Urvi Parikh,1 Charles Calef,2 Brendan Larder,3 Raymond Schinazi,4 and John W. Mellors1
1 University of Pittsburgh, Scarfe Hall, Suite 818,
3550 Terrace St., Pittsburgh, PA 15261.
2 T10, MS K710, Los Alamos National Laboratory, Los Alamos, NM 87545.
3 Virco, U.K., 162A Cambridge Science Park, Milton Road, Cambridge CB4 4GH, U.K.
4 Emory University/VAMC, 1670 Clairmont Rd., Decatur, GA 30033.
Drug resistance is the inevitable consequence of incomplete suppression of HIV replication. The rapid replication rate of HIV and its inherent genetic variation have led to the identification of many HIV variants that exhibit altered drug susceptibility. The growing number of drug resistance mutations listed in this revised table stands as a testimony to the genetic flexibility of HIV. This table, updated in March 2003, lists 647 HIV-1 mutation/drug combinations, of which 179 occur in protease, 1 in integrase, 305 in RT, and 139 in Env. Although the tables are quite comprehensive, the reader should be reminded that the mutations described are predominantly found in clade B virus and not in other HIV genotypes. The revised table also includes drug resistance mutations that have been identified for SIV and FIV. In the table the phrase "Enzyme resist" refers to inhibition assays done just with a mutated enzyme. Instead of introducing the mutations into a virus and testing the susceptibility of the mutant virus to a drug, researchers introduce the mutation(s) into the enzyme and determine their effect by running enzyme activity assays. This type of susceptibility testing does not take into account changes in other viral proteins (like Gag) that would also help confer resistance, which is the reason for distinguishing enzyme resistance from whole virus resistance. In the "Amino Acid Change'' column a + means amino acids have been inserted into the sequence, while a Delta indicates a deletion. In the "Class of Drug'' column the abbreviation MN stands for "Multiple Nucleoside'' and refers to resistance to combinations of nucleoside RTIs. Other abbreviations used in the table are listed in a separate Abbreviations Table. All of the information contained in this article's printed tables is available at our Web site: http://resdb.lanl.gov/Resist_DB.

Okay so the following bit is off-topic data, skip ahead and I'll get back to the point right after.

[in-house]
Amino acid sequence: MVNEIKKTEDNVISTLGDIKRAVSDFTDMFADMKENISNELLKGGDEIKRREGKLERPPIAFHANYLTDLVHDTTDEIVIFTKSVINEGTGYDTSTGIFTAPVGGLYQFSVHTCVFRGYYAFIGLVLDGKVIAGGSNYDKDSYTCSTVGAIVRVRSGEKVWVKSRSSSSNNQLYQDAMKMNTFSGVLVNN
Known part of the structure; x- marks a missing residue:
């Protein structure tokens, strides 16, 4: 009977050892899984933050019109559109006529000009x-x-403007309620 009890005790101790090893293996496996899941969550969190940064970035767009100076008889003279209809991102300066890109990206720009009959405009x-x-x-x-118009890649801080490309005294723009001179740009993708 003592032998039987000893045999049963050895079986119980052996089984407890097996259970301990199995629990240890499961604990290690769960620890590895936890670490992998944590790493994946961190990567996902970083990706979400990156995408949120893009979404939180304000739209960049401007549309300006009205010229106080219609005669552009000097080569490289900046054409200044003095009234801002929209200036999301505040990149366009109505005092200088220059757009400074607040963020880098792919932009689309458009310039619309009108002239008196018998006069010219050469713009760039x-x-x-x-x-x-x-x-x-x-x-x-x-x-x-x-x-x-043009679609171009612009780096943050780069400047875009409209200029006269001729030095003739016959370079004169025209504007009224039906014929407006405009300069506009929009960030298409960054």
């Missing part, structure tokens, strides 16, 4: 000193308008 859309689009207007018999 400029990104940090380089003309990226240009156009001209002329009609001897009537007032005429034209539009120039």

The authors would like to gratefully acknowledge their colleagues for assistance in assembling this table. This work was supported in part by the National Institutes of Health and the Department of Veterans Affairs.>